ORIGINAL FRENCH ARTICLE: Appel à un 1er mai "unitaire" et "solidaire"
Translated Wednesday 13 April 2011, by Gene Zbikowskiand reviewed by
Five trade union organizations – the CGT, the CFDT, the FSU, Solidaires, and the UNSA – have issued a joint call for “united demonstrations” on May Day, with the themes of “international solidarity” with the Arabic peoples and of “social progress” against “exclusion and racism.”
In a joint communiqué, the five trade union organizations – which already marched together on May Day last year – express “their support for the peoples of the Arab countries who are rising up for dignity and freedom.”
In France, according to the trade unions, “May Day 2011 will be held in a context of economic and social crisis which is increasing inequality and undermining social cohesion.” “Let us mobilize for living together, for solidarity among workers, for equal rights, for peace, for social measures. This is the way to reduce exclusion, racism, and the rejection of the other,” they stated.
The five organizations are calling for “united demonstrations throughout France,” and are notably demanding that “priority” be given to jobs through a “real industrial policy that responds to ecological imperatives” and through “quality public services.” They are also calling for a “fight against inequality in rights and against all forms of discrimination, notably as concerns all the migrant workers.”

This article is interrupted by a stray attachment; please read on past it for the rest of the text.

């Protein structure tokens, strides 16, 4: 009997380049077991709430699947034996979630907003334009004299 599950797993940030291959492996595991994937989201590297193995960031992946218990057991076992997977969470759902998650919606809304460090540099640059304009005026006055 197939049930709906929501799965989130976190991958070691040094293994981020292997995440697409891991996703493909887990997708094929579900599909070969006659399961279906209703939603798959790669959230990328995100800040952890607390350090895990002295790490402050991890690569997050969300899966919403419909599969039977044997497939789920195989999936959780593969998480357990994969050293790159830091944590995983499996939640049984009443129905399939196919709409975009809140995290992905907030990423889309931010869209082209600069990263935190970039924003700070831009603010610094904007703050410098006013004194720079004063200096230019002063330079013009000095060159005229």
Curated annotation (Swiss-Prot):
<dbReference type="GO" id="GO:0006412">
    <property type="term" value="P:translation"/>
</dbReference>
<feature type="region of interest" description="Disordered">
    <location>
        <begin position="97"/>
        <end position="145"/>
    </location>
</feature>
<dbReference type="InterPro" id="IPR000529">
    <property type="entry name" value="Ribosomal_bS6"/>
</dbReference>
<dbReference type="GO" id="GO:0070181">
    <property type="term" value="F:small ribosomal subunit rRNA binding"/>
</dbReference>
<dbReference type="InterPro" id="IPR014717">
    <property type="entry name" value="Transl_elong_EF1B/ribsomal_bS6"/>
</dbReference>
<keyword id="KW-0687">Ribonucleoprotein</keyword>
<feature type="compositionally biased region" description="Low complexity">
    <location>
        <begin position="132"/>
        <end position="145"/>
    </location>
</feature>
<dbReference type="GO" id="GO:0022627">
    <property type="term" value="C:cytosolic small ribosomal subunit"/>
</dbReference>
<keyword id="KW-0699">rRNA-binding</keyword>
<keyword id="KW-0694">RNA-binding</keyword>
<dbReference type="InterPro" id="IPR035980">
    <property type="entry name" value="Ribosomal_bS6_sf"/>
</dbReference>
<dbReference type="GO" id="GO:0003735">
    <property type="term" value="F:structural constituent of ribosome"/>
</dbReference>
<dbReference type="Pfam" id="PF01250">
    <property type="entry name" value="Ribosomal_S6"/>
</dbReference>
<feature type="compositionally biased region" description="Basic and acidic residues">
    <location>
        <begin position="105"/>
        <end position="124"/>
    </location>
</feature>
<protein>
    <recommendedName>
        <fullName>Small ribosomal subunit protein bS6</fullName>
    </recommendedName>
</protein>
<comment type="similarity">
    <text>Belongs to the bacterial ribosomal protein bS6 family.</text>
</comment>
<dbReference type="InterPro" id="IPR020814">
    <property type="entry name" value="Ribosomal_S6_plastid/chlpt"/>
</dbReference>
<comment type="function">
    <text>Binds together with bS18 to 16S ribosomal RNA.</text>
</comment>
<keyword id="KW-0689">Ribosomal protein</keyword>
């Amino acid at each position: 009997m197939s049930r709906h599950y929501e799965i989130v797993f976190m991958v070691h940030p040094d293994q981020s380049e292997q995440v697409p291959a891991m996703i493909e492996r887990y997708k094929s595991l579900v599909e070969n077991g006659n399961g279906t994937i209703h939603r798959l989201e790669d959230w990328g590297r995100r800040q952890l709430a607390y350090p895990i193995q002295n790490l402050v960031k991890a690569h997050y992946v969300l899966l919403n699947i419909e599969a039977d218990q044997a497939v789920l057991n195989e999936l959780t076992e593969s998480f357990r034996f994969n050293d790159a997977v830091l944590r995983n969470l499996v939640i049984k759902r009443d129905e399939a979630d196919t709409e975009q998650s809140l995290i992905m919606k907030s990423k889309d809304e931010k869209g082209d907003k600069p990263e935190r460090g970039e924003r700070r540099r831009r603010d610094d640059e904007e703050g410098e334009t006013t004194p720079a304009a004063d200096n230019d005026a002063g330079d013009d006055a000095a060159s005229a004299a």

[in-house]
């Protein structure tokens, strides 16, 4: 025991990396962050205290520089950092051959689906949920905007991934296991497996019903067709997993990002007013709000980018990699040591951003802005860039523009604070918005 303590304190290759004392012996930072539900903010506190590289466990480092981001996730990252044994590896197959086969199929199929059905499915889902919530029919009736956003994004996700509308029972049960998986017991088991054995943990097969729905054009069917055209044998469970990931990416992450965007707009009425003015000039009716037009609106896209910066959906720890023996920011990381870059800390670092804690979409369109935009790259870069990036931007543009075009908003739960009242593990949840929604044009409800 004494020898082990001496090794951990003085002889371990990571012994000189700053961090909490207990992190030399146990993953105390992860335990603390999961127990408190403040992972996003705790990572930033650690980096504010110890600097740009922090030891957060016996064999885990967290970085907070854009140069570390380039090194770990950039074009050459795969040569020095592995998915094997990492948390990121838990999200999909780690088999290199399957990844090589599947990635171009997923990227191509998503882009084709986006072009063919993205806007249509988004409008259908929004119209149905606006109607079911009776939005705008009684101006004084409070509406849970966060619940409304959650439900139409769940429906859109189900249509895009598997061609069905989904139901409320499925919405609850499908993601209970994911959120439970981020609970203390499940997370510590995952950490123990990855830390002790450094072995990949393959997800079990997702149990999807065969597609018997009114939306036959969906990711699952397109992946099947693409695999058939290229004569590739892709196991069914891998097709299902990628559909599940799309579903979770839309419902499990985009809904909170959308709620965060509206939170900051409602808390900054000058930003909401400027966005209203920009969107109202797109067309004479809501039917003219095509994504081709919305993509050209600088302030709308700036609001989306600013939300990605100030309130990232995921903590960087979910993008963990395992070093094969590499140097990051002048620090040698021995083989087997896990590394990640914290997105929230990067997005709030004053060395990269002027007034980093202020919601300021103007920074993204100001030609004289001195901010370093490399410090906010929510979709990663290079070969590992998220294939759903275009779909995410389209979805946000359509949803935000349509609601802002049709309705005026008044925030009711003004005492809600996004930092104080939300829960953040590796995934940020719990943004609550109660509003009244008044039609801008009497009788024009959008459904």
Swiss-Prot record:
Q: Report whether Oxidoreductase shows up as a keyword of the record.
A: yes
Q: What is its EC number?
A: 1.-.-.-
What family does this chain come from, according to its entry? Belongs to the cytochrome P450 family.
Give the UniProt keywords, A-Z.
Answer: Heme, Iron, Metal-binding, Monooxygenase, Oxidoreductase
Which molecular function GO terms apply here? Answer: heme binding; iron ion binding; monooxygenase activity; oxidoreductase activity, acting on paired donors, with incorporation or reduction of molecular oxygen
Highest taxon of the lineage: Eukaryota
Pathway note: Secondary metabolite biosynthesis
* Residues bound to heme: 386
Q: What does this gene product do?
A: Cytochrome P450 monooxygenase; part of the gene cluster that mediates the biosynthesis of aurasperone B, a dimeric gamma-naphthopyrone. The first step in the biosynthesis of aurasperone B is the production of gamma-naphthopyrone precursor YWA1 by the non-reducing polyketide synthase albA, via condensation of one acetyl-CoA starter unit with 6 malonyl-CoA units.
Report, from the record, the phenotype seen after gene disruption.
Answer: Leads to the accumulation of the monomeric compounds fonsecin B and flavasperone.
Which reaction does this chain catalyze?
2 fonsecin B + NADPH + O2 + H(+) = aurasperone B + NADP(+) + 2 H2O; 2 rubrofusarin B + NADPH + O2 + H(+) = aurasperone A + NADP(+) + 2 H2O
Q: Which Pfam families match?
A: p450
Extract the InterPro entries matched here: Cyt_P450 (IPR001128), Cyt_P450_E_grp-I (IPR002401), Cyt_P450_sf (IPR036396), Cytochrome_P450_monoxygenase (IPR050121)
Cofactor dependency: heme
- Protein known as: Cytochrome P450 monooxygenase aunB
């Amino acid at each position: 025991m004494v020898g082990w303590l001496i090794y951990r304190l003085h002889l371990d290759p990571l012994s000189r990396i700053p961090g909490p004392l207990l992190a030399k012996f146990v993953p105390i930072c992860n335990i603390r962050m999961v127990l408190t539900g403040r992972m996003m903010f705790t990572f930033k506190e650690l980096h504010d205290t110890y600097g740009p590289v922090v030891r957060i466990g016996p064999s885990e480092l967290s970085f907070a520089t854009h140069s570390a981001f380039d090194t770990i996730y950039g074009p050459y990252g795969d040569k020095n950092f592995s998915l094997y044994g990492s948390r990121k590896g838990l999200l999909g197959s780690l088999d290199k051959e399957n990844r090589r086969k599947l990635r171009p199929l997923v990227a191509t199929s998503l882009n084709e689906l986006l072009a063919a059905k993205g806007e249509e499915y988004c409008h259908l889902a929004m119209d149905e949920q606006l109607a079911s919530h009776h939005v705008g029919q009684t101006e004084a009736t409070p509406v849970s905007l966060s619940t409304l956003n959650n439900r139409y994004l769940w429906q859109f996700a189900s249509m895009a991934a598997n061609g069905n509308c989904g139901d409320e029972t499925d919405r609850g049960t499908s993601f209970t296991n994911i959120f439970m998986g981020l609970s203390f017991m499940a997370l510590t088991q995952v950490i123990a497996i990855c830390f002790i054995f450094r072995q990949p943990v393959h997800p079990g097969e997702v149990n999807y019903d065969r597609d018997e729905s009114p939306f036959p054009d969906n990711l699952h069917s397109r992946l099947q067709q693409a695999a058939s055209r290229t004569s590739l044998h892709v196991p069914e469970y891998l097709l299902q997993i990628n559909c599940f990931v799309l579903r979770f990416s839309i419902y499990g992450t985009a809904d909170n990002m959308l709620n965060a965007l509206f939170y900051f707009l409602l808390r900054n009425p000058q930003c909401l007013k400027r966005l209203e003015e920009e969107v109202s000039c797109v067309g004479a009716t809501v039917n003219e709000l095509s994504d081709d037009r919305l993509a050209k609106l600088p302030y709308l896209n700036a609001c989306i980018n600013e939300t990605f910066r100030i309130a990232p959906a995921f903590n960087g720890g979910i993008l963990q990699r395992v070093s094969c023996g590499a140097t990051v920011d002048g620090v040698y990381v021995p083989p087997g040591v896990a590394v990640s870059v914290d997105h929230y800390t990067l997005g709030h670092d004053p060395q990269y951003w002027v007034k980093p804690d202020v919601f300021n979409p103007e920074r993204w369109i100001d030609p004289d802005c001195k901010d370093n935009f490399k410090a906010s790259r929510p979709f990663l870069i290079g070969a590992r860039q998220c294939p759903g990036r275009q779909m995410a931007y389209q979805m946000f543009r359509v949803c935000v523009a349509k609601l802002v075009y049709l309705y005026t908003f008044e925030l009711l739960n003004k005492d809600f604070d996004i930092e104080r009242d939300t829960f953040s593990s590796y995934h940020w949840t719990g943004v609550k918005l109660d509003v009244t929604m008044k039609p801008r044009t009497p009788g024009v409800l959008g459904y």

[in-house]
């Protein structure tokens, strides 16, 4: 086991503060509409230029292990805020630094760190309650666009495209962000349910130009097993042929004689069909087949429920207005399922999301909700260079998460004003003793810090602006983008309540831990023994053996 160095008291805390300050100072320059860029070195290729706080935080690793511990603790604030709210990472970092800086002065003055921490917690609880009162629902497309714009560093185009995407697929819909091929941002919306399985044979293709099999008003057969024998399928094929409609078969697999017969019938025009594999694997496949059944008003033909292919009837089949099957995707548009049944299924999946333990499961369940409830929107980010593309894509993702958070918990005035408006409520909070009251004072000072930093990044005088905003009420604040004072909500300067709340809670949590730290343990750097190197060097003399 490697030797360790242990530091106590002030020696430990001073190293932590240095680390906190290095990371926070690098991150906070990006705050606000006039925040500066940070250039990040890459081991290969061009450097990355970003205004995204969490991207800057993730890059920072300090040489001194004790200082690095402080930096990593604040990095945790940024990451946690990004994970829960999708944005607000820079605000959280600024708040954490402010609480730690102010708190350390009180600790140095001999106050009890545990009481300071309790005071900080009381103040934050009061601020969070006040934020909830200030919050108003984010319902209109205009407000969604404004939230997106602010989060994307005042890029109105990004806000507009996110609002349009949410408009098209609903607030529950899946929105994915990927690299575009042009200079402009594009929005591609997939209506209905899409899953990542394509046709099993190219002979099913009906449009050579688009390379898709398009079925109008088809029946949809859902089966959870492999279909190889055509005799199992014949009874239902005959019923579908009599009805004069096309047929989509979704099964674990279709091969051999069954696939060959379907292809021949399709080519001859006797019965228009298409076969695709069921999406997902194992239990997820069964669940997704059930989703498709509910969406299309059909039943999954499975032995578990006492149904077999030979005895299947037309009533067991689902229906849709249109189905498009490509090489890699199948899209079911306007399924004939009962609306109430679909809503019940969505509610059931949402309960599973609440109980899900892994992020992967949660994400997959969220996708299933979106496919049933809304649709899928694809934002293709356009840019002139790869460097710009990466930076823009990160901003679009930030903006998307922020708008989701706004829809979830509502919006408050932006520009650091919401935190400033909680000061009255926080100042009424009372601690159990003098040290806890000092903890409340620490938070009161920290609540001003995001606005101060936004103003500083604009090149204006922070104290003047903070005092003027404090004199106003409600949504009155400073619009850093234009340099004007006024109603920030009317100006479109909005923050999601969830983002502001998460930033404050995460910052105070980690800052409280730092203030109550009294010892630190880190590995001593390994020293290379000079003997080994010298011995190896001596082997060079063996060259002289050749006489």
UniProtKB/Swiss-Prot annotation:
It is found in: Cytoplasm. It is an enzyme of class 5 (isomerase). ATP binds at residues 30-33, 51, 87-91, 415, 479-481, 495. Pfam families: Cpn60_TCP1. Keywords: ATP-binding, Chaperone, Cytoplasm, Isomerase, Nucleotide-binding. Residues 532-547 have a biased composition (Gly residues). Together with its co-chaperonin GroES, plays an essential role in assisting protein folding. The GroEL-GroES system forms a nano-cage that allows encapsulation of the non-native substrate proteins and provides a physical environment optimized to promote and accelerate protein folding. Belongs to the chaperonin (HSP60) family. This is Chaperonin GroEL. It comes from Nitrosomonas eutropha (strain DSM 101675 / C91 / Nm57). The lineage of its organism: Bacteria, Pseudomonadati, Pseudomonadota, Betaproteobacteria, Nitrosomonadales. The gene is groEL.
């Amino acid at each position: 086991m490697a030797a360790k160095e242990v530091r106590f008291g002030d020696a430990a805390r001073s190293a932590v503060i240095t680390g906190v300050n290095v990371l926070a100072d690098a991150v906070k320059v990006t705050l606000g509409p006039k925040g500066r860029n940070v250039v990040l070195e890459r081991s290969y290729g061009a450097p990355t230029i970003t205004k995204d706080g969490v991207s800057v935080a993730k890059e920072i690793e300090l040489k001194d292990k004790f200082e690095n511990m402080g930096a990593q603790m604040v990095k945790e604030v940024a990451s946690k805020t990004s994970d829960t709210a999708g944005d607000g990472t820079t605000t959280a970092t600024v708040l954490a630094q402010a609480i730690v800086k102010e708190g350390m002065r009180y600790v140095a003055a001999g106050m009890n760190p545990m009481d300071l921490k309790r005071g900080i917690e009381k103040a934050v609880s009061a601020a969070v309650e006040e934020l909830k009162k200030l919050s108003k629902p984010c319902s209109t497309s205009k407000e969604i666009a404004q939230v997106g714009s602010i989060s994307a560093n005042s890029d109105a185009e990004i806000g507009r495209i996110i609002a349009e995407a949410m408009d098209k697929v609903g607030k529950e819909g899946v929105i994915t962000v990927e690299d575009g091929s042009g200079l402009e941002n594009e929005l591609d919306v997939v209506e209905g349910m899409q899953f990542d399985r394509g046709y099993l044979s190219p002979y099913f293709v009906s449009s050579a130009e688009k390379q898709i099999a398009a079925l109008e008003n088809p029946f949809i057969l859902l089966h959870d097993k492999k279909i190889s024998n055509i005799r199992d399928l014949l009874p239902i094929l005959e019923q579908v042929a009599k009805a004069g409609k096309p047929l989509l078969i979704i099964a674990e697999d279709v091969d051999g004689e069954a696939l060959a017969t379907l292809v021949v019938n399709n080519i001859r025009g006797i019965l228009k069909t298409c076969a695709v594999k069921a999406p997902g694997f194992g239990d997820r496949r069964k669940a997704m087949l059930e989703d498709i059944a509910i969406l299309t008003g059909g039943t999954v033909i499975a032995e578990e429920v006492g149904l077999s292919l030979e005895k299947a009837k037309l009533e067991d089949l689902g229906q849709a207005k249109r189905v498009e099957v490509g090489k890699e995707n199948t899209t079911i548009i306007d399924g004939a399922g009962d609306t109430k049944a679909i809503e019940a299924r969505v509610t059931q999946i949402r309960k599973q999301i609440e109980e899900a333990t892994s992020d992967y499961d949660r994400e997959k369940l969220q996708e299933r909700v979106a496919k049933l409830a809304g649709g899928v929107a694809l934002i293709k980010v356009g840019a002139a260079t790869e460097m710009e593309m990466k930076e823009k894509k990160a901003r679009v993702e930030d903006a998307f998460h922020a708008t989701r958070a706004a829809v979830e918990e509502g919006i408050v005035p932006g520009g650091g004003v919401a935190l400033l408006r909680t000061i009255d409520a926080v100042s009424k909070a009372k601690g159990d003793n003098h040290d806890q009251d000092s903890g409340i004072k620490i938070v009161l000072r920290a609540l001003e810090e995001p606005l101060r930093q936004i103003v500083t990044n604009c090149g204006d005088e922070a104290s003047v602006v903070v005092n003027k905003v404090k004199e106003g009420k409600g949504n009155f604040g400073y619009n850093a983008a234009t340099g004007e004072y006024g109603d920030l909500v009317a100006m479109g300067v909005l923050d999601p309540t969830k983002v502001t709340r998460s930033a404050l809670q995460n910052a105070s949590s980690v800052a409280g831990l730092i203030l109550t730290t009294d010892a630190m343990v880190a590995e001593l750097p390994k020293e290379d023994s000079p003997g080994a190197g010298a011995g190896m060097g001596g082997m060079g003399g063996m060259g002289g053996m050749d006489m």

Among their other demands: to give priority to “measures that favor young people,” “to put an end to the non-replacement of one out of two retiring civil servants,” “to improve wages, pensions and buying power,” to guarantee the right to “social protection, in solidarity and at a high level, from birth to death,” “to improve working conditions and to win recognition of hard jobs.”
May Day will also be “a day of European solidarity” the five trade unions state, which condemn “the austerity policies imposed by the governments” of the member states of the European Union.
As in 2010, the Force Ouvrière trade union confederation [which split from the CGT in 1947] did not join in the joint call issued by the other five trade union organizations.